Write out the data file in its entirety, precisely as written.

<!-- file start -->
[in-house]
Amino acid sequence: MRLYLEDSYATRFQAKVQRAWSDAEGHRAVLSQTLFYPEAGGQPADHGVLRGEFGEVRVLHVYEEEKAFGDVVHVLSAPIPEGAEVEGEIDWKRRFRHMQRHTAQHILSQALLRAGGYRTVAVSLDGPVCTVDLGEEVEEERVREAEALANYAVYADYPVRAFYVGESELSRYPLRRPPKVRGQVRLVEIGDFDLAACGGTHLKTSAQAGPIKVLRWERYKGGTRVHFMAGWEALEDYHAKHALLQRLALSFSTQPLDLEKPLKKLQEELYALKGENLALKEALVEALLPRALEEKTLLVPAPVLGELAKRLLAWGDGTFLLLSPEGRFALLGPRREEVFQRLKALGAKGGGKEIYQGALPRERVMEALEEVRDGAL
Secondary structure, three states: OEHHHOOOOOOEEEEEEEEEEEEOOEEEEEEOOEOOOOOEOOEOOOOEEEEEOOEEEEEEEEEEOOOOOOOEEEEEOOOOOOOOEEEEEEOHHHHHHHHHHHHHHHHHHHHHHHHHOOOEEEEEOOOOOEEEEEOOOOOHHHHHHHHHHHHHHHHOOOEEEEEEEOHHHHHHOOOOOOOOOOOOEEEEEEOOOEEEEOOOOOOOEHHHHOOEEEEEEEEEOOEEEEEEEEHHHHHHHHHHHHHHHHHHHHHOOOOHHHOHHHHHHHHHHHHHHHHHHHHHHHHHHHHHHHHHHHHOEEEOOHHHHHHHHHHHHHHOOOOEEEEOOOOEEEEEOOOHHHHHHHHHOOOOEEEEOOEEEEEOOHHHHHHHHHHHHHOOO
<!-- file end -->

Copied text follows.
[in-house]
Amino acid sequence: MRLYLEDSYATRFQAKVQRAWSDAEGHRAVLSQTLFYPEAGGQPADHGVLRGEFGEVRVLHVYEEEKAFGDVVHVLSAPIPEGAEVEGEIDWKRRFRHMQRHTAQHILSQALLRAGGYRTVAVSLDGPVCTVDLGEEVEEERVREAEALANYAVYADYPVRAFYVGESELSRYPLRRPPKVRGQVRLVEIGDFDLAACGGTHLKTSAQAGPIKVLRWERYKGGTRVHFMAGWEALEDYHAKHALLQRLALSFSTQPLDLEKPLKKLQEELYALKGENLALKEALVEALLPRALEEKTLLVPAPVLGELAKRLLAWGDGTFLLLSPEGRFALLGPRREEVFQRLKALGAKGGGKEIYQGALPRERVMEALEEVRDGAL
Secondary structure, three states: OEHHHOOOOOOEEEEEEEEEEEEOOEEEEEEOOEOOOOOEOOEOOOOEEEEEOOEEEEEEEEEEOOOOOOOEEEEEOOOOOOOOEEEEEEOHHHHHHHHHHHHHHHHHHHHHHHHHOOOEEEEEOOOOOEEEEEOOOOOHHHHHHHHHHHHHHHHOOOEEEEEEEOHHHHHHOOOOOOOOOOOOEEEEEEOOOEEEEOOOOOOOEHHHHOOEEEEEEEEEOOEEEEEEEEHHHHHHHHHHHHHHHHHHHHHOOOOHHHOHHHHHHHHHHHHHHHHHHHHHHHHHHHHHHHHHHHHOEEEOOHHHHHHHHHHHHHHOOOOEEEEOOOOEEEEEOOOHHHHHHHHHOOOOEEEEOOEEEEEOOHHHHHHHHHHHHHOOO